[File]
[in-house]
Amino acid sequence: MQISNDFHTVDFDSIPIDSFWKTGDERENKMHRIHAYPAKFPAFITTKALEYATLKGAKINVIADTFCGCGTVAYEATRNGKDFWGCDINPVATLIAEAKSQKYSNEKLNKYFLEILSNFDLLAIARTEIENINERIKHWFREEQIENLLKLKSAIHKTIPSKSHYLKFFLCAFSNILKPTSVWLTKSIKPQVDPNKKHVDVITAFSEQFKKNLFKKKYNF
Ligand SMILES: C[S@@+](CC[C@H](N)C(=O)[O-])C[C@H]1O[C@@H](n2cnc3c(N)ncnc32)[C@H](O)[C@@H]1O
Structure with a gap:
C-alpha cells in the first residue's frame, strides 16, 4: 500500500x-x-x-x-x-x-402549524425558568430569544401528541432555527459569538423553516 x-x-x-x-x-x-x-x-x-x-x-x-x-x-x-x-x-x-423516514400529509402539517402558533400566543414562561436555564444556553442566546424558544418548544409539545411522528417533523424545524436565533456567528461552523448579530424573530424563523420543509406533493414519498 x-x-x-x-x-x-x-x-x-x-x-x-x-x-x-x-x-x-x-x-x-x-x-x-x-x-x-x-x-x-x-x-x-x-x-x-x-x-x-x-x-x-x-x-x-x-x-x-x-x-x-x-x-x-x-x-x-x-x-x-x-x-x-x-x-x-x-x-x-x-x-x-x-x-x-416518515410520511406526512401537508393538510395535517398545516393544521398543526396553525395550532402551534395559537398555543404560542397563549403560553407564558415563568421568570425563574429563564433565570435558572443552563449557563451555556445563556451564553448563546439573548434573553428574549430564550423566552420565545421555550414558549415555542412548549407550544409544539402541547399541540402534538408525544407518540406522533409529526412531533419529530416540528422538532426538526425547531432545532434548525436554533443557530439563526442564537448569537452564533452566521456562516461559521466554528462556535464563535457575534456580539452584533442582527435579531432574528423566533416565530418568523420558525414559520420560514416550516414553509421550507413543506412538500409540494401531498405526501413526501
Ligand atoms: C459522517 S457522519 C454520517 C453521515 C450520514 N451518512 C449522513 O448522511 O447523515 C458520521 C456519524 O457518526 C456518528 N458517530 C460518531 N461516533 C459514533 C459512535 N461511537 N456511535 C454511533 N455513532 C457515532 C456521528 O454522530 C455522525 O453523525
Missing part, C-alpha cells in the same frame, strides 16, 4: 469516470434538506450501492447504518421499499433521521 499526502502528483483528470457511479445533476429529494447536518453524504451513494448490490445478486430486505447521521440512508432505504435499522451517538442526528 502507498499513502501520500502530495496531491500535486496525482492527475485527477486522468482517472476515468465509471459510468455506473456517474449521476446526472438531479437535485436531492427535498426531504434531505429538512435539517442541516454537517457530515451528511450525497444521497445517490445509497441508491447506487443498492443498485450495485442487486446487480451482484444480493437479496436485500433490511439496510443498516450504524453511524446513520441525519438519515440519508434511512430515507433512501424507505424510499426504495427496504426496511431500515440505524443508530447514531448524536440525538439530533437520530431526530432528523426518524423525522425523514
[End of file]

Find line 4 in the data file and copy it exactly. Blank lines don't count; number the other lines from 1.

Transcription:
Structure with a gap: